A candidate's resume doesn't tell the whole story. Emotional intelligence is not quantifiable on a CV but it has been identified as the number one quality you need in a new employee.
What is emotional Intelligence (EI) exactly? It's “having a strong balance of self-awareness, self-regulation, motivation, honesty, empathy, and social skills,” said interview and recruitment expert Sarah Gobble, who works as a senior consultant at Fahrenheit Advisors. She goes on to identify that “people with these skills are generally good hires and add to the positive culture of the workplace. Skilled interviewers can uncover both technical skills that might be required for a job along with EI factors that make for a good hire.”
According to the U.S. Department of Labor, the average cost for each bad hire can equal 30 percent of that individual's annual earnings. For example, when you hire the wrong mid-level accounting manager or application developer earning $60,000, the total cost to your organization will be $78,000 to let them go after one year. The best offense is to not hire these people in the first place.
Grab your pen because here are examples of what you can do in a job interview to quickly gauge emotional intelligence:
Probe, probe and probe some more. If the candidate identifies their last job as being a poor fit or a toxic culture, go deeper right away. Ask what made the culture toxic or what were examples of the poor fit. It’s quite possible that you will quickly realize it’s the candidate’s social skills or their perception that is driving them to feel this way. It’s also realistic that your environment is very similar to what they are describing, which is a red flag that indicates the candidate would be a poor hire.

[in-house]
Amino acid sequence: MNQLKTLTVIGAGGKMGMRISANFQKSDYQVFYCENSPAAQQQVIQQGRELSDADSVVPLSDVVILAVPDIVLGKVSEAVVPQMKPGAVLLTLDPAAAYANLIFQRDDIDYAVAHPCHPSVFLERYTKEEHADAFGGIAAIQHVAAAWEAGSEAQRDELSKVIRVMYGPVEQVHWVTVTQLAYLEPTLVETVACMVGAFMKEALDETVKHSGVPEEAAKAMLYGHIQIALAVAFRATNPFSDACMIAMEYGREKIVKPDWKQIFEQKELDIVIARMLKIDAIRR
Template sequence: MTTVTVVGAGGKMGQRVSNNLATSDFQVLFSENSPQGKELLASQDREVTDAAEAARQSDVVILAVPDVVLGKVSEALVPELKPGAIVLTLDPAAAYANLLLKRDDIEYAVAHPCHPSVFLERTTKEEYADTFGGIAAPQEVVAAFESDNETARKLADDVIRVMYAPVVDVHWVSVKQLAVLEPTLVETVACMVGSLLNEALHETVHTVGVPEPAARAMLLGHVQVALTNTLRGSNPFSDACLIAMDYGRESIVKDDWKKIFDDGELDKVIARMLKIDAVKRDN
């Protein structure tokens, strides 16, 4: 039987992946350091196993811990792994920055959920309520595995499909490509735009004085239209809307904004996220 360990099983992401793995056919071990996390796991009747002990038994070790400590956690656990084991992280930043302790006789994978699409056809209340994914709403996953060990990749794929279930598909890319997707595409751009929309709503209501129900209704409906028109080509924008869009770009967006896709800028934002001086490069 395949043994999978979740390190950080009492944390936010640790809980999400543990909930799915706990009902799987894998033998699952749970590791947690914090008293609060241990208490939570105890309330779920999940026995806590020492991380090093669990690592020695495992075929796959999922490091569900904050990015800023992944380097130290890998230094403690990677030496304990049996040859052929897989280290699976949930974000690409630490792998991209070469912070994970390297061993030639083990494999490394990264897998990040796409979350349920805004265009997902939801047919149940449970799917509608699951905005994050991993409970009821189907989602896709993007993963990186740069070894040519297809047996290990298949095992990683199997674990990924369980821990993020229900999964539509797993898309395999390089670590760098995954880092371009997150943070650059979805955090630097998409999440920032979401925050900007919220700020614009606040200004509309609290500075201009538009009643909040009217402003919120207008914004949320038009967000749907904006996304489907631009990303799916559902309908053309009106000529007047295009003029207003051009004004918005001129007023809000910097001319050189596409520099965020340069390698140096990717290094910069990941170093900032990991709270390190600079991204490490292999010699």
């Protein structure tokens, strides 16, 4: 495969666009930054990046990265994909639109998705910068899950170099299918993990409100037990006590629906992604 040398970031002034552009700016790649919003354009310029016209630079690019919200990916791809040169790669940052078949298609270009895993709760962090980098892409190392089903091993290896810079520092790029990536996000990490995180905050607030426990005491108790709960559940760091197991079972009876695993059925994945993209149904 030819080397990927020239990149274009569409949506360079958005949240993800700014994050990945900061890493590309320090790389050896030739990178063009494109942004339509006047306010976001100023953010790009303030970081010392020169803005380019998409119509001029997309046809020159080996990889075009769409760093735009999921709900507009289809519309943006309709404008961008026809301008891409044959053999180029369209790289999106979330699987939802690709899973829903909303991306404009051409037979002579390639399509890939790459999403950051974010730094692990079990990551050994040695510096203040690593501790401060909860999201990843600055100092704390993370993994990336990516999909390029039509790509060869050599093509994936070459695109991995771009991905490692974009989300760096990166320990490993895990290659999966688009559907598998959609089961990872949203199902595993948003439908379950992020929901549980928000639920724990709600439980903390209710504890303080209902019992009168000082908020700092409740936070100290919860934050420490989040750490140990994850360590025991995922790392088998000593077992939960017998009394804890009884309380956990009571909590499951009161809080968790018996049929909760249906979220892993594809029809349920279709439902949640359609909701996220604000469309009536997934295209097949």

Be conversational. Adopting an interview style that is more conversational, versus threatening or interrogative, will get you much further when assessing emotional intelligence. The candidate will be far more likely to open up when your probing involves genuine curiosity, a lighter tone, and affirmative body language. They are far more likely to let their true self-awareness attributes shine through because of the relaxed tone that you are using.
Humor can be very effective. As you meet with candidates, try to make jokes and read their reaction. Folks with a high degree of emotional intelligence can build a rapport quickly thanks to humor and make strong human connections almost immediately. This demonstrates their emotional intelligence and how they will positively interact with clients, customers, and colleagues.
References matter. When it comes to references, emotional intelligence can be measured when very specific questions are asked. For example, “when I met with Peter he mentioned that deadline adherence has been a challenge for him, can you please elaborate on that?” By asking this in an open-ended manner, the reference will share clues about whether or not the deadlines themselves were an issue or if Peter’s ability to manage them were the crux of the issue. Another way to dig for nuggets is to ask “is there anything you think I should know that we have not covered?”
“Too many employers rely too heavily on the resume to tell them everything they want to know, usually because they aren't comfortable with asking questions and actively listening for what the candidate is telling them," said Gobble. "Rather, reading between the lines, observing body language during all phases of the interview process, and asking for clarification or explanation for things that either don't make sense, are contradictory or seem like a fluff answer, are the ways to gain additional insights.” She goes on to add that “inexperienced interviewers fall into the trap of asking a question, listening to the answer and then moving on without probing or clarifying the candidate’s answers. I find when you probe and make them explain themselves you get what you are really looking for.”